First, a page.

On January 12, 2010, the deadliest earthquake in the history of the Western Hemisphere struck the nation least prepared to handle it. Jonathan M. Katz, the only full-time American news correspondent in Haiti, was inside his house when it buckled along with hundreds of thousands of others. In this visceral, authoritative first-hand account, Katz chronicles the terror of that day, the devastation visited on ordinary Haitians, and how the world reacted to a nation in need.
More than half of American adults gave money for Haiti, part of a monumental response totaling $16.3 billion in pledges. But three years later the relief effort has foundered. It's most basic promises—to build safer housing for the homeless, alleviate severe poverty, and strengthen Haiti to face future disasters—remain unfulfilled.
The Big Truck That Went By presents a sharp critique of international aid that defies today's conventional wisdom; that the way wealthy countries give aid makes poor countries seem irredeemably hopeless, while trapping millions in cycles of privation and catastrophe. Katz follows the money to uncover startling truths about how good intentions go wrong, and what can be done to make aid "smarter."
With coverage of Bill Clinton, who came to help lead the reconstruction; movie-star aid worker Sean Penn; Wyclef Jean; Haiti's leaders and people alike, Katz weaves a complex, darkly funny, and unexpected portrait of one of the world's most fascinating countries. The Big Truck That Went By is not only a definitive account of Haiti's earthquake, but of the world we live in today.
Former AP correspondent, now editor, Katz was the only American reporter on the ground when the devastating earthquake struck Haiti on January 12, 2010. In his first book, he details the repercussions of the disaster and the vicissitudes of international aid, providing insight into Haitian history and society. Profiles of former president Rene Pr val, Bill Clinton, Sean Penn, and Wyclef Jean emphasize both the gifts and limitations of the people who had the potential to make a significant difference after the earthquake. Katz stresses the value of international aid and the danger of NGOs assuming that Haiti can't govern itself: "It's true that we don't always know what locals will do with that assistance," he notes, "but that's the point. It's up to them." Bloated promises characterized postquake donations: by the end of 2010, billion of a promised $16.3 billion had been delivered; 93% of this money stayed with the U.N. or NGOs, and only 1% ($24 million) was given to the Haitian government. Katz debunks the assumption that a disaster leads to social disintegration or rioting and observes how media sensationalism prompted unwise giving.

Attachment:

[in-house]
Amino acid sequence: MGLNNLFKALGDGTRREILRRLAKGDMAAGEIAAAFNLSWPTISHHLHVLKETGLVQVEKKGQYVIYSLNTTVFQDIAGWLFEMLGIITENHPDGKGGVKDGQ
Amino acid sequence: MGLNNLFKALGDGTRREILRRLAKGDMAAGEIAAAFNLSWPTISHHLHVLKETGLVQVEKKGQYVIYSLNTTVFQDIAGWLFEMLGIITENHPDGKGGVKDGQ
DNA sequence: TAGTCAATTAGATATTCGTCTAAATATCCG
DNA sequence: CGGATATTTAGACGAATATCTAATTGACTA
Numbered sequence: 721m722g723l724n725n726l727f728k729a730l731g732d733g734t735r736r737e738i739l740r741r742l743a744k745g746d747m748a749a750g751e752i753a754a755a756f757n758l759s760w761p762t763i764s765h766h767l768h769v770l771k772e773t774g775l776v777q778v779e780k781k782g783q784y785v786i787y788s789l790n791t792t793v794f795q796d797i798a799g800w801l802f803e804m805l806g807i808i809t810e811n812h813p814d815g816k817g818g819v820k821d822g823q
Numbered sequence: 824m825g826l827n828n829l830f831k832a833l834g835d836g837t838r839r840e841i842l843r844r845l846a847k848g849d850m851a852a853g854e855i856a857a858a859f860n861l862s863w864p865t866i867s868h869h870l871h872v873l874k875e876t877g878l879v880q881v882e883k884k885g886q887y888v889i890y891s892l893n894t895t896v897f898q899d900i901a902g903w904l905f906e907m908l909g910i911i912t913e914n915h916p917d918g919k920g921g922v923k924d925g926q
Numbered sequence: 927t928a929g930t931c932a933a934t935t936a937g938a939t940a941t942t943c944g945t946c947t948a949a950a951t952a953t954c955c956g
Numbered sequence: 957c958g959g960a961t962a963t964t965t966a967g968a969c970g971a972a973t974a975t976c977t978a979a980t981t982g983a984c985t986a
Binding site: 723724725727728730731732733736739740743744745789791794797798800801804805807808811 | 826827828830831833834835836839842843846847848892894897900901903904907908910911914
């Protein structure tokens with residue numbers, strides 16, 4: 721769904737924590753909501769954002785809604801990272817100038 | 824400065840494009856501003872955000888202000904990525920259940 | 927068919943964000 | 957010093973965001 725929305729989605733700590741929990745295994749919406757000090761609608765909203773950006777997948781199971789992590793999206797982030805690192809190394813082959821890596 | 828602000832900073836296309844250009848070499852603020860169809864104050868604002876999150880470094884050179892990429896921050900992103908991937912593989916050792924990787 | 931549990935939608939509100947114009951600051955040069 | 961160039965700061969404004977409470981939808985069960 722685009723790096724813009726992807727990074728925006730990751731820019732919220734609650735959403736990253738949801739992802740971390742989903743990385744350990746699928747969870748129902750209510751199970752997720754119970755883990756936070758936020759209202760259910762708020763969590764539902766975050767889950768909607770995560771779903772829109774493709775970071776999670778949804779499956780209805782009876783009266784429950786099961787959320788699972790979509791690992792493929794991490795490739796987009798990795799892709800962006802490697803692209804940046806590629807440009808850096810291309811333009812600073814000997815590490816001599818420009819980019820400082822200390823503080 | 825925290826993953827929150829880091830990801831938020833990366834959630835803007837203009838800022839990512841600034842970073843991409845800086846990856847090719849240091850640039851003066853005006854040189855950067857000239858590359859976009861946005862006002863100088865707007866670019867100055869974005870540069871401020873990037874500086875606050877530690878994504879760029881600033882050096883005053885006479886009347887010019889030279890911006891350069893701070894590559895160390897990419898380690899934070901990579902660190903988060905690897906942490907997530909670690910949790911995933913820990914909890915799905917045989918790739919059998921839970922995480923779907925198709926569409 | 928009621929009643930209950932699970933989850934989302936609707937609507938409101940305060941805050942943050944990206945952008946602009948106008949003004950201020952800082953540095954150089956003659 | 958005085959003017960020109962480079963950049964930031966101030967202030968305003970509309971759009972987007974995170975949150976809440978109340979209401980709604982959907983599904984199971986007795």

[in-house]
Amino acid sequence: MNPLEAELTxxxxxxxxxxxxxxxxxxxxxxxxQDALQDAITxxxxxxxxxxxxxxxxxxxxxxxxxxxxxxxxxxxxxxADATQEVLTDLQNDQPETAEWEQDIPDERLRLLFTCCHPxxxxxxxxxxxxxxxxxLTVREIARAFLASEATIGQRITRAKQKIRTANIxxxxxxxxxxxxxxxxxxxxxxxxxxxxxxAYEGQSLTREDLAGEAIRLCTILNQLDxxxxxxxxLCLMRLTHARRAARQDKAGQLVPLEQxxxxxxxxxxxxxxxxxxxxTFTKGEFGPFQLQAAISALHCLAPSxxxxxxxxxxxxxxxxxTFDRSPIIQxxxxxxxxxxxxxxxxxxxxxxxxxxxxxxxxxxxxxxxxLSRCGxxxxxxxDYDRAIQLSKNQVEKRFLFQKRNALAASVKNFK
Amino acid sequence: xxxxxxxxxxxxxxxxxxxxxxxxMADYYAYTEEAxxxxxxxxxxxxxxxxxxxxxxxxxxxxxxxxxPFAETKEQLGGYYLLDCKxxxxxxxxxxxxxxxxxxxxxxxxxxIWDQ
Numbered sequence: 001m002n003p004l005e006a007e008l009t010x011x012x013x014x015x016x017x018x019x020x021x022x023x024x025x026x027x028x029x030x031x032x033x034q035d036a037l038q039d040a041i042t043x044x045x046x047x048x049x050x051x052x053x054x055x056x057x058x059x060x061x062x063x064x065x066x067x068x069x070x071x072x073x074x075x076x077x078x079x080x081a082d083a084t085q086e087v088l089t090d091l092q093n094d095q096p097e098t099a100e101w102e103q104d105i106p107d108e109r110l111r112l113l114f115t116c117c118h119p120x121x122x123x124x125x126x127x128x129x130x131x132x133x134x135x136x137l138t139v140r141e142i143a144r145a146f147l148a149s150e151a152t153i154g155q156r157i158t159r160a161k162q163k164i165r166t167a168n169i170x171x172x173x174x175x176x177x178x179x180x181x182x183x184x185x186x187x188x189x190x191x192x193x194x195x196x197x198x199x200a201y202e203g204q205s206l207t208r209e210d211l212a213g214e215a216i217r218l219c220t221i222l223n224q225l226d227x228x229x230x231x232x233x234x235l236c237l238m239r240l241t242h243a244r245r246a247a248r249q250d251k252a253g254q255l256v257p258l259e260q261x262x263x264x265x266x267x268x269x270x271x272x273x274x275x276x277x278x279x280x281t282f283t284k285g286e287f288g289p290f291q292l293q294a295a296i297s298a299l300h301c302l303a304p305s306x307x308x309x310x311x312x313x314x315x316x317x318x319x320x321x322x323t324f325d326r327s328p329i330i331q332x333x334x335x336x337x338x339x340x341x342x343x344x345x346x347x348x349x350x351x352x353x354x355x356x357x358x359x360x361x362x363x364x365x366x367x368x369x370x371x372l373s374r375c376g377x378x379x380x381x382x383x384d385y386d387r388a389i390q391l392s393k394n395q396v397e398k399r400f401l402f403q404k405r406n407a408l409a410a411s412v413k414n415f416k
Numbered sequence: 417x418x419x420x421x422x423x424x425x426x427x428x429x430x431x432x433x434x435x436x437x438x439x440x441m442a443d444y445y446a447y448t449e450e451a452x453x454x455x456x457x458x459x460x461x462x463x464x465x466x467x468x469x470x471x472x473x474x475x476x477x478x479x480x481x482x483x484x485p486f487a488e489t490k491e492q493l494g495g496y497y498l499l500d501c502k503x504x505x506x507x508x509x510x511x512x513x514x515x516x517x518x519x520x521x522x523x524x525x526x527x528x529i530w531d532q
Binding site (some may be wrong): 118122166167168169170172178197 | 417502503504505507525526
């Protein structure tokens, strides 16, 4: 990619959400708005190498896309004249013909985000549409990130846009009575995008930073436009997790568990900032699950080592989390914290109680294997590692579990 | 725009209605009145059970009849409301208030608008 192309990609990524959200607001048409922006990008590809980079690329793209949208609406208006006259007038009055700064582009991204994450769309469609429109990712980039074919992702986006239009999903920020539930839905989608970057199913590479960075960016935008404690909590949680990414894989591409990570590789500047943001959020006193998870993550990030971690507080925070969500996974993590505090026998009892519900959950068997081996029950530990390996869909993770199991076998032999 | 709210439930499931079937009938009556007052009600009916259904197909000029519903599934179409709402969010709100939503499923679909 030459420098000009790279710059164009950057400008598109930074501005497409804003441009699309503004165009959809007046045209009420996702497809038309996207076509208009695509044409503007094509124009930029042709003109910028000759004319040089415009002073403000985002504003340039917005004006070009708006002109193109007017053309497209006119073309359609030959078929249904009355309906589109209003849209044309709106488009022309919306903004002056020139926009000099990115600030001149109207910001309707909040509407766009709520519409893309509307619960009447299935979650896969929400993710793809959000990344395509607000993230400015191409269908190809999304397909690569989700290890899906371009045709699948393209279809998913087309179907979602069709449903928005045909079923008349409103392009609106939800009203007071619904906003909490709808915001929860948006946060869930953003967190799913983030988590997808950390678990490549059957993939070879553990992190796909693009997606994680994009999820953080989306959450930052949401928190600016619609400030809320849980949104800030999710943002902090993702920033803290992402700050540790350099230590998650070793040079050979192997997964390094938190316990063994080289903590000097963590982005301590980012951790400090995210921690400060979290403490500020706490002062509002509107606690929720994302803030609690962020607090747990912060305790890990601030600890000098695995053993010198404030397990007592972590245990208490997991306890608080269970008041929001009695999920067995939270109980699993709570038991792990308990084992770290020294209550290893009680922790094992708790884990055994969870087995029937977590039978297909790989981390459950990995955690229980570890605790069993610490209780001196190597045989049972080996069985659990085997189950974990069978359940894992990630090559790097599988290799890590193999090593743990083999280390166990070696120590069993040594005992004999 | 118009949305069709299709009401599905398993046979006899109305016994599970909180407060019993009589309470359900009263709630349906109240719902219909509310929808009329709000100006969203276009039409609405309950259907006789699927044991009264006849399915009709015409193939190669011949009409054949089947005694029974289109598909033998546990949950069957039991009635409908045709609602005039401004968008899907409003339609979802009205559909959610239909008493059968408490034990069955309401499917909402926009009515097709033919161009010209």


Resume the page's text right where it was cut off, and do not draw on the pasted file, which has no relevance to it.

The Big Truck That Went By
A great read on three levels. There is the personal level that is told in raw reaction to the mass destruction all around him, with the ability to see small flashes of humor needed to keep his head and report as objectively as possible the horror unfolding.
There is the clear headed historic presentation how Haiti came to be in it's current state. And lastly, the huge shortsightness of how developed nations aid the poorer nations in general and specificly in Haiti. The mistakes made that left Hati in worse shape than before the earthquake (in spite of world wide donations of historic porportion). The book will inevitably raise questions about how we "help" the developing world. Worth the read!